This is sort of amazing:

A new Public Policy Polling survey finds there’s been a fundamental shift in the Ohio political landscape over the last three months and it looks like the biggest beneficiary of that could be Sen. Sherrod Brown (D-OH).

In December Brown looked extremely vulnerable for reelection, now his leads against six different Republicans range from 15 to 19 points.

What’s been going on since December in Ohio? The collective bargaining dispute, of course. Admittedly, this is a Democratic pollster, but PPP truly is one of the best out there, and it was right on the money practically every time I checked in 2010. And it looks like Kasich’s decision to target collective bargaining could very well have spillover effects into congressional races as well. Considering that Republicans won five House seats from Democrats in 2010, this could be disastrous indeed for those freshmen.

Sherrod Brown


Now, obviously, it’s important not to get too carried away. We’re still 20 months out of Election Day 2012, and considering how unpredictable the last 20 months were, it’s dangerous to assume too much. But I think what this represents is a severe miscalculation on the part of the new Republicans in power in the Midwest. They won, in large part, due to the economy and lingering resentment over the actions taken to rescue the banks, plus a large dose of Democratic apathy. The Tea Party phenomenon might have fired up the Republican base, but Republicans almost always vote anyway, so the effect is likely overrated. But apparently this victory has led Republicans to believe that the normal laws of politics do not apply anymore, that they can do anything. The tone-setting aggressiveness of Scott Walker and John Kasich has alienated a lot of voters, according to the polls. Beating up on working people during a recession has (unsurprisingly) turned out to be an unpopular move. And while I haven’t seen polling yet, I’m guessing the even greater radicalism going on in Michigan and Pennsylvania will be even less popular. Michigan is set to nearly eliminate corporate taxes while raising them on the poor, and Pennsylvania is going to halve the amount spent on college education. To me, this is just nuts. It’s true that Americans have turned a bit to the right over the past two years, though the extent is probably overrated. But cutting university funding is going to be phenomenally unpopular, as every parent with a kid in college is going to be cursing Corbett’s name when the bills come due.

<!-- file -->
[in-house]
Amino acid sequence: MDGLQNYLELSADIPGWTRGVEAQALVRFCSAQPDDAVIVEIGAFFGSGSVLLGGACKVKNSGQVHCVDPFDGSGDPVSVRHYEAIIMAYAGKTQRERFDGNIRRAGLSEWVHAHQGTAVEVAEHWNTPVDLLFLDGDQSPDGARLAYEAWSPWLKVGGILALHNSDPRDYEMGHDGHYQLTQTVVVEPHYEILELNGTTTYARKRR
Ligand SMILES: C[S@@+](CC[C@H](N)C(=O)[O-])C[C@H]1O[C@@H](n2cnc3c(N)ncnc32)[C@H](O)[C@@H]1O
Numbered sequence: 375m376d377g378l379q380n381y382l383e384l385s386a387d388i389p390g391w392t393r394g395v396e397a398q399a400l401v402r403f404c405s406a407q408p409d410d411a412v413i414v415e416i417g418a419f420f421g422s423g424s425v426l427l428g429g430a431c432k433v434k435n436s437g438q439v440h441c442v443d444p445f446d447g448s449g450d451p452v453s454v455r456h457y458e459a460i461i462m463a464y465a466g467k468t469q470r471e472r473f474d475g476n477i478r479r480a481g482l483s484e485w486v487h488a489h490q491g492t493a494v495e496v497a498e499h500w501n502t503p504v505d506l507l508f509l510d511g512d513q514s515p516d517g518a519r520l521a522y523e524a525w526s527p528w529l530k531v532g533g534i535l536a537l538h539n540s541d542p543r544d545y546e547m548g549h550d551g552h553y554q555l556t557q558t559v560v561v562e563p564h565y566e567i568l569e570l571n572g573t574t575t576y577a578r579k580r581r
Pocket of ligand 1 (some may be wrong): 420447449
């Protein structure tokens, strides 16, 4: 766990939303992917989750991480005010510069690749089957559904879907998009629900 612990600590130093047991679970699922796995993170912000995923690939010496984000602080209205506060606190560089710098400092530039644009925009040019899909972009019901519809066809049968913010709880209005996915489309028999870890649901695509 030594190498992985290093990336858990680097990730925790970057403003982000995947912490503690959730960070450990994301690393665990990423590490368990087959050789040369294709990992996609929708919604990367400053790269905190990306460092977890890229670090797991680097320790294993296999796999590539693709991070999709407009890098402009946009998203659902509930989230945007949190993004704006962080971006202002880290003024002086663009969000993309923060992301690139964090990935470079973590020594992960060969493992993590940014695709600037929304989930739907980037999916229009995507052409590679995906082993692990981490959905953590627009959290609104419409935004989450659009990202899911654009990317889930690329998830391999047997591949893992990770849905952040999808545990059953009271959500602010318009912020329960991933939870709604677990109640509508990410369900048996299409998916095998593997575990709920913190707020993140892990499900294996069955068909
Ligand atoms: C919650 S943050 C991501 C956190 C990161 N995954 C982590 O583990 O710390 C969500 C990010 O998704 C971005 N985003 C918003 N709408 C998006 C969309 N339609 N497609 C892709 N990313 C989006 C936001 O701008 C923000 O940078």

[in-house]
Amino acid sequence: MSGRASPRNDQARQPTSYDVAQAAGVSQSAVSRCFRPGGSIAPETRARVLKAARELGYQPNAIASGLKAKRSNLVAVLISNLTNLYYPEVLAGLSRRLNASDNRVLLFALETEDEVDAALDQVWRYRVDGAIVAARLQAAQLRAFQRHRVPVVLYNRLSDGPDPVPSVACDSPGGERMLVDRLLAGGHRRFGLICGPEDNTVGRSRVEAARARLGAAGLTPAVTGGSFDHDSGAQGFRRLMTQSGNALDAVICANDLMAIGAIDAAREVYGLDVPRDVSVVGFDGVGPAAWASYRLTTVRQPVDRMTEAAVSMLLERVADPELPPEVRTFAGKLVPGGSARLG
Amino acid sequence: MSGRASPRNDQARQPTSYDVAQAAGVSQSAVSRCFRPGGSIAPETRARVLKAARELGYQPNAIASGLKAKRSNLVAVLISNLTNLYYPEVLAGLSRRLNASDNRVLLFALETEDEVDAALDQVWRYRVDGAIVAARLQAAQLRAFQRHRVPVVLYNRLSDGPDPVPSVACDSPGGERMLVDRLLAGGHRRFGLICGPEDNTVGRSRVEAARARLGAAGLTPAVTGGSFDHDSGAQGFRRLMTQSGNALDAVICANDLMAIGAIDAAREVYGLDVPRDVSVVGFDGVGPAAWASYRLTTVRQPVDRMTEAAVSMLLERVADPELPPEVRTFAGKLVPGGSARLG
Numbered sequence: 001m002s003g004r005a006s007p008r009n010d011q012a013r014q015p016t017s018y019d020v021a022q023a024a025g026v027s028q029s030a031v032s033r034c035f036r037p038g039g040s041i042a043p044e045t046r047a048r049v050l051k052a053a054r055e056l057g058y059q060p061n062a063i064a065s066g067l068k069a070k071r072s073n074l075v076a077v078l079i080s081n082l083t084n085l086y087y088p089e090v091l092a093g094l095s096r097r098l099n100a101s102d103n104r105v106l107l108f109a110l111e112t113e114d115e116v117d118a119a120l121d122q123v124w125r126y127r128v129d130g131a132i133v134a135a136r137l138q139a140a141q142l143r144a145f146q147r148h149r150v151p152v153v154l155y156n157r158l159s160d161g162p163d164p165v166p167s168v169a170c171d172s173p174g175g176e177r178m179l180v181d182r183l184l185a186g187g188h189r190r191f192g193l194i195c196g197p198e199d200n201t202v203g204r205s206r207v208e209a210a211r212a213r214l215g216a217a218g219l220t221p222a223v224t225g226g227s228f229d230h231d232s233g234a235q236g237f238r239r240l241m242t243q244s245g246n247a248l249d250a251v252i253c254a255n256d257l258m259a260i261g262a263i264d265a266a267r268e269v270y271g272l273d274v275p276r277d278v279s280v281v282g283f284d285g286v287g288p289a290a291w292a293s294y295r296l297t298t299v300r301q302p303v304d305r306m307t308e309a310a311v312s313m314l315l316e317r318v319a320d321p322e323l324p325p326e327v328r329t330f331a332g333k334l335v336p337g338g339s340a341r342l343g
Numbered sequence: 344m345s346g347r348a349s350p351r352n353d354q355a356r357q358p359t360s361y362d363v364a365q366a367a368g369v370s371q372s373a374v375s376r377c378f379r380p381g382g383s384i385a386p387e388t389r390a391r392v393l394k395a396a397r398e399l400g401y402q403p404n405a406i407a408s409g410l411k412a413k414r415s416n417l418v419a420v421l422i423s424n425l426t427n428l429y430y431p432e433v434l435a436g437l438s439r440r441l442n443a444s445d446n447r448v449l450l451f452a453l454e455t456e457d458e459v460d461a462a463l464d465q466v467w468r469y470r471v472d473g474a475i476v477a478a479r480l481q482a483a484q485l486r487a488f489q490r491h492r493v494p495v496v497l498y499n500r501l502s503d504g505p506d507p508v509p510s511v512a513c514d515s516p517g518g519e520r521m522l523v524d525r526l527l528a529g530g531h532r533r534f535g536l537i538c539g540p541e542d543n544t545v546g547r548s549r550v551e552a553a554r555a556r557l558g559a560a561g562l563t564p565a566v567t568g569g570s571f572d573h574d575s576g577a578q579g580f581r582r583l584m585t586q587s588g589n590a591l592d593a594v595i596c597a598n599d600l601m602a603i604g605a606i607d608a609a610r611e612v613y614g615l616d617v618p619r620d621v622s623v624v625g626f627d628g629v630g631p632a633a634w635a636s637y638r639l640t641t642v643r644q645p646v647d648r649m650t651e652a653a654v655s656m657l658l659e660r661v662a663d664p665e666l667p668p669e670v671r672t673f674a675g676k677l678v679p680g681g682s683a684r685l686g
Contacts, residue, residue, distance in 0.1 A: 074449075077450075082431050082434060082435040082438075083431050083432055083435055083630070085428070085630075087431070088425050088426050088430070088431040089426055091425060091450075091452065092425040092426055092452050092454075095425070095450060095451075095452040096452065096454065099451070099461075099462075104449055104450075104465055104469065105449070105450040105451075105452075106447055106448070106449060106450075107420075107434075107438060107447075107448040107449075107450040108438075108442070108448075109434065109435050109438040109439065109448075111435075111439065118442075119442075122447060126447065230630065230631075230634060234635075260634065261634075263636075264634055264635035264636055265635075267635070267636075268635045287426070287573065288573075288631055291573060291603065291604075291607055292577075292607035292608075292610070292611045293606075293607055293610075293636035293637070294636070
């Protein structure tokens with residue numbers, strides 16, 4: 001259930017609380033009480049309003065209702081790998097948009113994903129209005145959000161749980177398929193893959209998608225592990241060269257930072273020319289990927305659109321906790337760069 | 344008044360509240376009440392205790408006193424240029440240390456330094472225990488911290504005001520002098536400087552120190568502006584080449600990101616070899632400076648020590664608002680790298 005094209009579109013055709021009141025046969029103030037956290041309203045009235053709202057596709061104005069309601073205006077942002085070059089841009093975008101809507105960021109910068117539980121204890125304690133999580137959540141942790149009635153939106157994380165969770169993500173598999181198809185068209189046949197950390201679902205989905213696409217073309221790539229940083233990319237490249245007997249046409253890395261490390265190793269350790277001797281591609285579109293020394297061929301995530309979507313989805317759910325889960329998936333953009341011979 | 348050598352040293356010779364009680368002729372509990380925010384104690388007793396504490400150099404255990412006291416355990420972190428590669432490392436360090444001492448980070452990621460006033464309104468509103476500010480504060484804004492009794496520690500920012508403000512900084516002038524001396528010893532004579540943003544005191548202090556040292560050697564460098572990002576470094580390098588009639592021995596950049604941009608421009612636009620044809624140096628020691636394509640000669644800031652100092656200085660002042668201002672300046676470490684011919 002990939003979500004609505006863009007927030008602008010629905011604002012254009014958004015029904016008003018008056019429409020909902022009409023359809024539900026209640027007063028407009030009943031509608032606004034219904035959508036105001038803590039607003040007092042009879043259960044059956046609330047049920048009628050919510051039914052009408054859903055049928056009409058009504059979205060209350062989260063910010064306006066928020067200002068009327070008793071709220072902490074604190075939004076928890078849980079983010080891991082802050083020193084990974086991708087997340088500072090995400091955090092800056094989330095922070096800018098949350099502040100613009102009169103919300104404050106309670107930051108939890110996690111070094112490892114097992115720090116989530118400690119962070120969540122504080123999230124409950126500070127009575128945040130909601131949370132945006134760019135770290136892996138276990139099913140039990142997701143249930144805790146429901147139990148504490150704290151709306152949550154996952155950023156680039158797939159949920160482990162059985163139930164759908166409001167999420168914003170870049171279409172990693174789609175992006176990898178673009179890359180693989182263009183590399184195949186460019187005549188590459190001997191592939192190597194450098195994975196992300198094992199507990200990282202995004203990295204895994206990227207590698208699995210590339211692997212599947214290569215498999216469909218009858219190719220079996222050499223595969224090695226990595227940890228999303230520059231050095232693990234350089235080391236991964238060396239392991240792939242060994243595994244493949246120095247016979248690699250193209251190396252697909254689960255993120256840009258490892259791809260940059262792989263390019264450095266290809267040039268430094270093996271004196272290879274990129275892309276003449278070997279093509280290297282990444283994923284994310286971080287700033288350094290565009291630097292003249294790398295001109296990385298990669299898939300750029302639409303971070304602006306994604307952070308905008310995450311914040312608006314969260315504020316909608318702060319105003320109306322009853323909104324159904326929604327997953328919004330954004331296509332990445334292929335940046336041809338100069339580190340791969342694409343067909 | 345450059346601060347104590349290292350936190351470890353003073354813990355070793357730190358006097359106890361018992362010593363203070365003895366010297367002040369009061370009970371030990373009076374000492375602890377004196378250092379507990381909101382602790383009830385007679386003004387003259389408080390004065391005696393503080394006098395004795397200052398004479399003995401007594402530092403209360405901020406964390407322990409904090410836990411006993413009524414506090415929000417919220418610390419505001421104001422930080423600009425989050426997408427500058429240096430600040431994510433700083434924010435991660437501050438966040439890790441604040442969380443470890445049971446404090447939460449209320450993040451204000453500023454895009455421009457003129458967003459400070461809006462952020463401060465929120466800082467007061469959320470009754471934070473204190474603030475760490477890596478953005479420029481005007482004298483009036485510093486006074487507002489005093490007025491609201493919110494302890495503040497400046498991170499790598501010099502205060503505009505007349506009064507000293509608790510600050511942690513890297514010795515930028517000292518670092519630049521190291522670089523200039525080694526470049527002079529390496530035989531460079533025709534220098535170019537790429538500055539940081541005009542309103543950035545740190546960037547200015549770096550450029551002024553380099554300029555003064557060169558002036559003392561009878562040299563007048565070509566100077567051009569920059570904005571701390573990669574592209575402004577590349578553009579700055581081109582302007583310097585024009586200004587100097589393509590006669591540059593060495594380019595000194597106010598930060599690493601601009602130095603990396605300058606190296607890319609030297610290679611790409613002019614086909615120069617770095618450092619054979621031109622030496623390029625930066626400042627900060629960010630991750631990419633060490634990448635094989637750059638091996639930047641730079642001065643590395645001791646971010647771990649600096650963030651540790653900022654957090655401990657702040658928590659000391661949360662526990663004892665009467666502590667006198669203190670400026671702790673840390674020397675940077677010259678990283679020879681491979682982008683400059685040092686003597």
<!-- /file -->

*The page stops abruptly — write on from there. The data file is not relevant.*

Still, it’s pretty astonishing how quickly the turnaround in Ohio has occurred. If this holds, Brown isn’t even going to be in a toss-up race, and Senate races in Michigan, Pennsylvania, and Indiana could well wind up tilting in the Democrats’ favor as well. This observation by Jon Chait strikes me as right:

And so the question of what Obama has to do to rebuild his standing in the Midwest — other than have the economy recover and be popular generally — is to let GOP governors re-trash the party brand in the meantime. In other words, Obama may not need a Midwest strategy at all. The Republicans are carrying out his Midwest strategy for him.

It would be ironic if the Tea Party managed to do what George W. Bush never quite managed to do: kill off the Republican Party in the Midwest. Think about it: Bush managed to destroy the Republicans’ strength in foreign policy, which used to be their signature strength. Republicans pivoted to domestic policy out of necessity. If Walker, Kasich, Rick Snyder, Rick Scott and Tom Corbett tank the GOP on those issues as well…well, it will be rebuilding time for sure. That’s far from a certainty, but I think it can’t be discarded as a possibility, and if you’re a prog looking for something to be hopeful about, this is it.

To put it in other terms, first there’s this (@4:30):

And then this:

Lev filed this under: , , ,  
  1. Metavirus says:

    i think it’s a very real possibility. people are seeing in stark relief what happens when republicans do when they try to “govern”. i think this has the making of a HUGE backlash for 2012

    • Lev says:

      Seriously. In Pennsylvania in particular. I get that a lot of these right-wingers are millionaires and aren’t exactly in touch with the common man, what with having so much money, but I can tell you that if college fees went up by 25-50% in just a year there would be riots in my state.

  2. […] maximalist a Tea Party platform for as long as he can. Which, given that a solid liberal freshman now has double-digit leads in the Ohio U.S. Senate race (against, among others, Kasich’s Lt. Governor, who is probably none to pleased about this), […]

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